In May 2015, NTEN and Google Fiber launched the Digital Inclusion Fellowship, a new national program investing in local communities and nonprofit organizations to address the digital divide. Sixteen Fellows comprised the first cohort, and they have shared their work with us. Dustin Steinacker gave us an update on his work with the United Way of Utah County in Provo, Utah.
What is an important moment that will stay with you long after your Fellowship year?
A few months ago, somebody showed up to one of our courses with a very old laptop that he could barely run. The device’s limited memory meant that even the most basic work or internet browsing took forever. This severely limited his children’s ability to study as well. And unfortunately, he couldn’t afford a new computer. After a little research, I gave him a few resources so he could triple his laptop’s memory for less than $10 and speed up operations.
A couple of months later, he showed up again with the same laptop and a little plastic box. He’d ordered the memory I’d recommended, but was too intimidated to open his laptop and install it himself. I installed the memory, and his relief was obvious when the laptop turned on in only a couple of minutes and was able to load multiple websites without freezing.
The moment stays with me because I’ve realized that education is about more than just technical skills. Sometimes it’s about knowing that there’s a solution in the first place. So many people assume that their financial barriers are insurmountable, and they think that they need to buy a completely new piece of equipment, when a few tweaks or an inexpensive upgrade is all they need to get better use out of what they already have.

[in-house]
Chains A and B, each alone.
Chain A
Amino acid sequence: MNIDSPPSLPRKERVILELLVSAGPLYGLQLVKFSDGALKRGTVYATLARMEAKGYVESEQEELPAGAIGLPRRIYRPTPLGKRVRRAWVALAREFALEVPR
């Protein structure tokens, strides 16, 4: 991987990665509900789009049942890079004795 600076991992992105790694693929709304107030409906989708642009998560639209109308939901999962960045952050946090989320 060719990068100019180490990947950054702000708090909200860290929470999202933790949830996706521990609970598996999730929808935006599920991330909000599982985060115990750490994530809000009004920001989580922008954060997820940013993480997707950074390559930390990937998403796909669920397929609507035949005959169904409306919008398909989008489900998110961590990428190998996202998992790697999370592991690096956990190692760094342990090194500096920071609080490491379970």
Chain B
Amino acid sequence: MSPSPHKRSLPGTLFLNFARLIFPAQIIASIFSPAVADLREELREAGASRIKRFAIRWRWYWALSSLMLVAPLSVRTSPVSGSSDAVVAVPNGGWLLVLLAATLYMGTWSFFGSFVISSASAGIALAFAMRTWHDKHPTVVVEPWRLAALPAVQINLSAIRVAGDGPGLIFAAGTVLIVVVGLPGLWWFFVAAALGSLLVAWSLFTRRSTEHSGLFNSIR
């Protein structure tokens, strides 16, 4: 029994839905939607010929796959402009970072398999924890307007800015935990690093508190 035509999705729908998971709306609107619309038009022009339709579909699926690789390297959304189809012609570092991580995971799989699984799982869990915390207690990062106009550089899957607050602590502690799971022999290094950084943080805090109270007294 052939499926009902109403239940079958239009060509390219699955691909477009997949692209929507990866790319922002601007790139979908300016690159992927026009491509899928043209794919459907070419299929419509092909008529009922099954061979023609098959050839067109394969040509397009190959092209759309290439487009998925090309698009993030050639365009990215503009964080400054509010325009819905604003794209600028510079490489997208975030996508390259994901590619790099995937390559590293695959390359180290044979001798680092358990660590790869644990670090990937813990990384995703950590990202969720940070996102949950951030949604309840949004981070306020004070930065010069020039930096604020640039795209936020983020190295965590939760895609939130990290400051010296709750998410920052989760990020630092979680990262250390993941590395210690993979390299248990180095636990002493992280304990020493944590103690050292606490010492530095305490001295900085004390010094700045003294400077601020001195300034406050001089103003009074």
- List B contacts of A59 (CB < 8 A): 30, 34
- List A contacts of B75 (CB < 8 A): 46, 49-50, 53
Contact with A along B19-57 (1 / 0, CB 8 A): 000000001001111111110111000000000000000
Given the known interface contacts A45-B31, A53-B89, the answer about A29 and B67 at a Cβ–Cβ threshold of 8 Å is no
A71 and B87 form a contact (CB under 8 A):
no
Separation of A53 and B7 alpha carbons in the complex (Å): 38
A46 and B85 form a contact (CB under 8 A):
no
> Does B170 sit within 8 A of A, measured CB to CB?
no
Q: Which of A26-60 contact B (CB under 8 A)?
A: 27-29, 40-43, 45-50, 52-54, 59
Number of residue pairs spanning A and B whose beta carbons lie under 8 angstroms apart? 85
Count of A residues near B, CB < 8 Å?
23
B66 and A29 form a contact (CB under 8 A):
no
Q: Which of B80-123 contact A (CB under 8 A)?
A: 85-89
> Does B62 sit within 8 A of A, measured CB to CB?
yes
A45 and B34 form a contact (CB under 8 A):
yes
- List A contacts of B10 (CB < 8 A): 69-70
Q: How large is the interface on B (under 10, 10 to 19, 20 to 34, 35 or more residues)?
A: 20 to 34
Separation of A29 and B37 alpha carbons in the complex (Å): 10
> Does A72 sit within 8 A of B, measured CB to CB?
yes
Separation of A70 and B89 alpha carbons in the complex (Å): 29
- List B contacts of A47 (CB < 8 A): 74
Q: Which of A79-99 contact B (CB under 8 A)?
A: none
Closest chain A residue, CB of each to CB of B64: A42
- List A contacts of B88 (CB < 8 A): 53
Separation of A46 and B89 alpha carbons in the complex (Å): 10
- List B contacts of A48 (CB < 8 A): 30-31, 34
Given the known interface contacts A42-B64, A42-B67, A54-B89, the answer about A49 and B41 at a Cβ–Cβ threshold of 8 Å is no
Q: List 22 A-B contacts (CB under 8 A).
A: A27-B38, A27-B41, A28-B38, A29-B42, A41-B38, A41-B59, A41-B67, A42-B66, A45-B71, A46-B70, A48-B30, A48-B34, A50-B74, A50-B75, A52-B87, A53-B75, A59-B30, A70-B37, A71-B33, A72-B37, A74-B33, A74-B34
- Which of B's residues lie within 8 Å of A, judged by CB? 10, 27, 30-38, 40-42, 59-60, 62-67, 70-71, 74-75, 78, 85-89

What advice would you have for the next cohort of Fellows?
I’ve heard a lot about digital literacy as a right, and I hope that people can gain a greater understanding of why exactly this is the case, and formulate their programs accordingly. A flyer advertising a “computer class” doesn’t always attract many people, because digital literacy isn’t about computers or even the skills involved in using them. It’s about the person who used to have to walk to the utility office to pay his gas, and who now knows how to pay the bill online from his home. It’s about the person who’s devoured the movie reviews in his local paper for years, learning about RottenTomatoes.com for the first time and scanning hundreds of reviews he never knew he had access to. It’s about the mother previously so concerned with security that she didn’t let her children use the computer, learning about web filters and free antivirus software that gave her the confidence to let her kids access the web.
We try to teach skills, but what results in attendance, excitement, and transformation is helping people incorporate technology into their lifestyle through those skills. It requires listening to people on an individual basis and modifying your plans according to their needs—but it’s worth it.
When you think of what your community has accomplished this year, what are you most proud of?